Dial Books for Young Readers, 2010.  Ages 8-11.     IndieBound   •   Amazon   •   Barnes & Noble   •   Allbookstores.com   •   The Rabbit Room

Dial Books for Young Readers, 2010.  Ages 8-11. 
IndieBound • Amazon • Barnes & Noble • Allbookstores.com • The Rabbit Room

Life is a mess and a miracle

Oh, how ten-year-old Persimmony Smudge longs for Glory! Heroism! Adventure! But instead she leads a very dull life on the Island at the Center of Everything, weaving baskets and sweeping floors. Until, that is, the night she overhears a life-changing secret. It seems that Mount Majestic, the rising and falling mountain at the center of the island, is not a mountain at all. It’s the belly of a sleeping giant! Now it’s up to Persimmony and her new friend Worvil the Worrier to convince all the island’s other quarreling inhabitants—the Rumblebumps, the Leafeaters, and most of all, the stubborn young king—that a giant is sleeping in their midst, and must not be woken.

With dazzling illustrations by the legendary Brett Helquist, Jennifer Trafton’s fantastical debut tells the story of one brave girl's efforts to make an entire island believe the impossible.

What people are saying . . . 

Framed as an account written by Professor Barnabas Quill, ‘Historian of the Island at the Center of Everything,’ Trafton’s debut is a lively adventure about magical pots, pepper, manners, poison-tongued jumping tortoises, poetic soldiers, and downtrodden yet resilient heroine Persimmony Smudge. . . . Trafton imbues her tale with a delightful sense of fun and fascinating, well-rounded characters—playful wordsmithing and flowing dialogue make this an excellent choice for bedtime read-aloud.
— Publishers Weekly (starred review)
Trafton creates a unique setting with unusual and detailed characters, including the playful Rumblebumps, the polite but dangerous Leafeaters, and the selfish 13-year-old king who has no regard for his subjects. Persimmony’s sense of adventure and determination make her an entertaining heroine.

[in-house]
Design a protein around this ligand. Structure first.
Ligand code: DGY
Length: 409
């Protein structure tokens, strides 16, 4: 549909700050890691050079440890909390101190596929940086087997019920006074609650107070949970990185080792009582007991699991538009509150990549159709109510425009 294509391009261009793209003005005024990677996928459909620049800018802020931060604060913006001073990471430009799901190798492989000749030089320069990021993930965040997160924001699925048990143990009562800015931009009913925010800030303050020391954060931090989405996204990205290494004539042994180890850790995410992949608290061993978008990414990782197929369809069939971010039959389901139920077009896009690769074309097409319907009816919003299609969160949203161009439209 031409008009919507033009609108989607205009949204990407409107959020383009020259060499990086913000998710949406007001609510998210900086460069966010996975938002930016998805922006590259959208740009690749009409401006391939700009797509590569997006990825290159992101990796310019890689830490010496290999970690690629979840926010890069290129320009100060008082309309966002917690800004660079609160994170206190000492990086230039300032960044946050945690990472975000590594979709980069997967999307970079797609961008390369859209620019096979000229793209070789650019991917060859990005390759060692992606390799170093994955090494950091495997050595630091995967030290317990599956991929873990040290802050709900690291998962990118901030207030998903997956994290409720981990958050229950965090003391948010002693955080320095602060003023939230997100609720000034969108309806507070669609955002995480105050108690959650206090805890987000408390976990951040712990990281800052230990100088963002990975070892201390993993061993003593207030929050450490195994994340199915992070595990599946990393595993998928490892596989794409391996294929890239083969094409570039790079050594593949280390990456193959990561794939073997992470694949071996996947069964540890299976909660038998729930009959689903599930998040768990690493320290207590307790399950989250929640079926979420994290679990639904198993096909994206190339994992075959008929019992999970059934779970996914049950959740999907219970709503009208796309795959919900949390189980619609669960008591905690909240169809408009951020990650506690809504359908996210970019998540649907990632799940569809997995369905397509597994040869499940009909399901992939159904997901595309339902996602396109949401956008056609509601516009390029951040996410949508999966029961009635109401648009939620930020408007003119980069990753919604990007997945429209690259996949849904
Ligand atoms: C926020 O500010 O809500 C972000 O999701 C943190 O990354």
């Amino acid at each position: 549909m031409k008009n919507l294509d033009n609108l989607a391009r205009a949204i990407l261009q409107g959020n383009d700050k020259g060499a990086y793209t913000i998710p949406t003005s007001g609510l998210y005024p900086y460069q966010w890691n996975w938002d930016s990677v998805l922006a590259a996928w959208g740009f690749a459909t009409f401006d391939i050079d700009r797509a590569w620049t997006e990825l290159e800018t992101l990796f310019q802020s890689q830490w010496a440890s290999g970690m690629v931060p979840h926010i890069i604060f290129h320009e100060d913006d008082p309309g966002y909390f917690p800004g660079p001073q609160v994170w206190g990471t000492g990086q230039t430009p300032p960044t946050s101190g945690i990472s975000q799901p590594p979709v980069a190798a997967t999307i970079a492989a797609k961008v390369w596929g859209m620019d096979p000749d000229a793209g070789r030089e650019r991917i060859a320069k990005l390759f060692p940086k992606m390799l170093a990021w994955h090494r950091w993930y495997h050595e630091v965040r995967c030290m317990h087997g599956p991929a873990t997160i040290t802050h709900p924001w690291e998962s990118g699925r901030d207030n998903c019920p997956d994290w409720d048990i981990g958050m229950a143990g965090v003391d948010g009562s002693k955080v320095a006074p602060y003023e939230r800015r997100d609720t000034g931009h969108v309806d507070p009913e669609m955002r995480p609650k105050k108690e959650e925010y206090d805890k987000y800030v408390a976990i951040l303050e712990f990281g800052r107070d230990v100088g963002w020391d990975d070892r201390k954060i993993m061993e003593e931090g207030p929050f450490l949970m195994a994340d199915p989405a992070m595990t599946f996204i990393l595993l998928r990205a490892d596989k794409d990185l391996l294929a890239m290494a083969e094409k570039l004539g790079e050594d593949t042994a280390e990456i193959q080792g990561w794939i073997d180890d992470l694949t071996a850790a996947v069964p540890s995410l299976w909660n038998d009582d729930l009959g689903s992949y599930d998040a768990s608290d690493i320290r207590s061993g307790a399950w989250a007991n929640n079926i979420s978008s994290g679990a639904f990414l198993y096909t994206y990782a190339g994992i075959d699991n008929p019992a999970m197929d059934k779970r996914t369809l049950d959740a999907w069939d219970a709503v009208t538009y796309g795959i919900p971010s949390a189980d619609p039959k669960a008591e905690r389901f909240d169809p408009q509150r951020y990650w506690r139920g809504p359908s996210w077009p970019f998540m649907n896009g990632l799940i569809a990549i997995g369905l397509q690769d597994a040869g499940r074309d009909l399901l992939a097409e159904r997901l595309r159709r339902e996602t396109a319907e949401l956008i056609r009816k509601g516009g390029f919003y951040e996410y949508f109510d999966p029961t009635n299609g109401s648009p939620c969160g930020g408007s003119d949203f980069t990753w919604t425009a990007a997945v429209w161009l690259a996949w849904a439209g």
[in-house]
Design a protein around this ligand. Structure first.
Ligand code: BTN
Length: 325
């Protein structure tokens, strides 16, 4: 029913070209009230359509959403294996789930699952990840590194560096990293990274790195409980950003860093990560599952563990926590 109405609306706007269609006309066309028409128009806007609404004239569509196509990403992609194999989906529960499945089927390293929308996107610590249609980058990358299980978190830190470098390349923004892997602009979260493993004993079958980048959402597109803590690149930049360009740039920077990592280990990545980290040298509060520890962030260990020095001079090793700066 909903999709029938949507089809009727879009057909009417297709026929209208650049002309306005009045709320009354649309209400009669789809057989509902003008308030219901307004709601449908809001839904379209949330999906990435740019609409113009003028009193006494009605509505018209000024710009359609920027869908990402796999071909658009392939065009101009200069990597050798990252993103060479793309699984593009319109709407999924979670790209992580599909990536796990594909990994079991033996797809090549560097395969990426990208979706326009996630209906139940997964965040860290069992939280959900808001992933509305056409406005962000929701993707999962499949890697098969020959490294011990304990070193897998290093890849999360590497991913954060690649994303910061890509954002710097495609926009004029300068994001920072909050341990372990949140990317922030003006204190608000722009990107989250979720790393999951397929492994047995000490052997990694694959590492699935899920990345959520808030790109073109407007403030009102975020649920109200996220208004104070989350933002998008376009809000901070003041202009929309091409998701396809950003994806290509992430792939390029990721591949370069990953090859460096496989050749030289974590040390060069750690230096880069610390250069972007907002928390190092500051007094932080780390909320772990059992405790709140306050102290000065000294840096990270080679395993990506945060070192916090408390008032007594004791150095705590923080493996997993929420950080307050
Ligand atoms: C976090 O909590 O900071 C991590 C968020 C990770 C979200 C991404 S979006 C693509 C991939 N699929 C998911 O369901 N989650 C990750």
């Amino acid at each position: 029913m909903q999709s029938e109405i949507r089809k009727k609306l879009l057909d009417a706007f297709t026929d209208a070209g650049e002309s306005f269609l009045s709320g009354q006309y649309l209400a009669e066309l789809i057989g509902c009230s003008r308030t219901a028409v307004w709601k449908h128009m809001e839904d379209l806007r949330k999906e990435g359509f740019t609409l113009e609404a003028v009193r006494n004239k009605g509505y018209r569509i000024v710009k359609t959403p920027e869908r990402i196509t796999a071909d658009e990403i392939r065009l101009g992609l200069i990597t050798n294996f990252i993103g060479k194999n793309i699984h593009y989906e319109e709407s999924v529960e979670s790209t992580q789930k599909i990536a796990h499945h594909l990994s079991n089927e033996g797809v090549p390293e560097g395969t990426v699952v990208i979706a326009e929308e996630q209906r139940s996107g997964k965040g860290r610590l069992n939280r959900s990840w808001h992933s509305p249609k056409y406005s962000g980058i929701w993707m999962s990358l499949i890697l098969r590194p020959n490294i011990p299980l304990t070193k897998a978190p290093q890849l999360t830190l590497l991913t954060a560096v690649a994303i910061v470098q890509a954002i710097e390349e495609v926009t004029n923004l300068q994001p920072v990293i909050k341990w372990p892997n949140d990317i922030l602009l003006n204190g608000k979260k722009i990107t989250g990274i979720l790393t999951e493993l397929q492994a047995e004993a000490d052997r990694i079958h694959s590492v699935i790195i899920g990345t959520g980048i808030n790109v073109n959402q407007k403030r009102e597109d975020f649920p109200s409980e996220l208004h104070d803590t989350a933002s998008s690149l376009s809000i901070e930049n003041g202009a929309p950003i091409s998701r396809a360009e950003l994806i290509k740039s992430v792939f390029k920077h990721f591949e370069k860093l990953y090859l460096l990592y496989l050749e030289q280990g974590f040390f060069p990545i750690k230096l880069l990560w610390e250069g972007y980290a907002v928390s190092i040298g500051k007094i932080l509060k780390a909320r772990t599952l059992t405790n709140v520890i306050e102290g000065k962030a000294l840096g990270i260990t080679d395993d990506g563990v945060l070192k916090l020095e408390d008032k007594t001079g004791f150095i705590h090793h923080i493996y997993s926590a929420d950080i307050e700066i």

— School Library Journal (starred review)
There’s a funny, witty read ahead, as we follow Persimmony, who must be lost in a significant way, and then, yes, found, in search of a much more interesting tale under the ‘Center of Everything’— literally a sleeping giant—than anyone else knew. . . . A good book for the family to read aloud.
— Chicago Tribune
The Rise and Fall of Mount Majestic is a book just made for a family to share, with enough wit to keep grown-ups amused and enough action to keep kids wanting one more chapter. . . . Clearly, Jennifer Trafton has an affinity for Lewis Carroll’s wordplay and Roald Dahl’s creatures, most especially his Oompa-Loompas. The island’s inhabitants include the swimming, giggling Rumblebumps and the humorless, courteous Leafeaters. Be sure to assign the read-aloud role to someone good at voices.
— Cleveland Plain Dealer
With language that trips and dips and twirls and swirls off the tongue, and zings merrily through mind and heart alike, The Rise and Fall of Mount Majestic will delight readers young and old. Whimsical, wonder-full, and witty, Jennifer Trafton’s tale of the big, breathing-in ups and the gigantic, breathing-out downs of the extraordinary inhabitants of the Island at the Center of Everything is magical—a buoyant, lively debut and a great read-aloud!
— Ingrid Law, Newberry Honor winning author
Fantastic and fun, Trafton’s debut is for anyone who loves to let their imagination run loose. (Recommended reading position: on your back with a toy building — such as a Monopoly hotel — balanced on your stomach.)
— Where the Best Books Are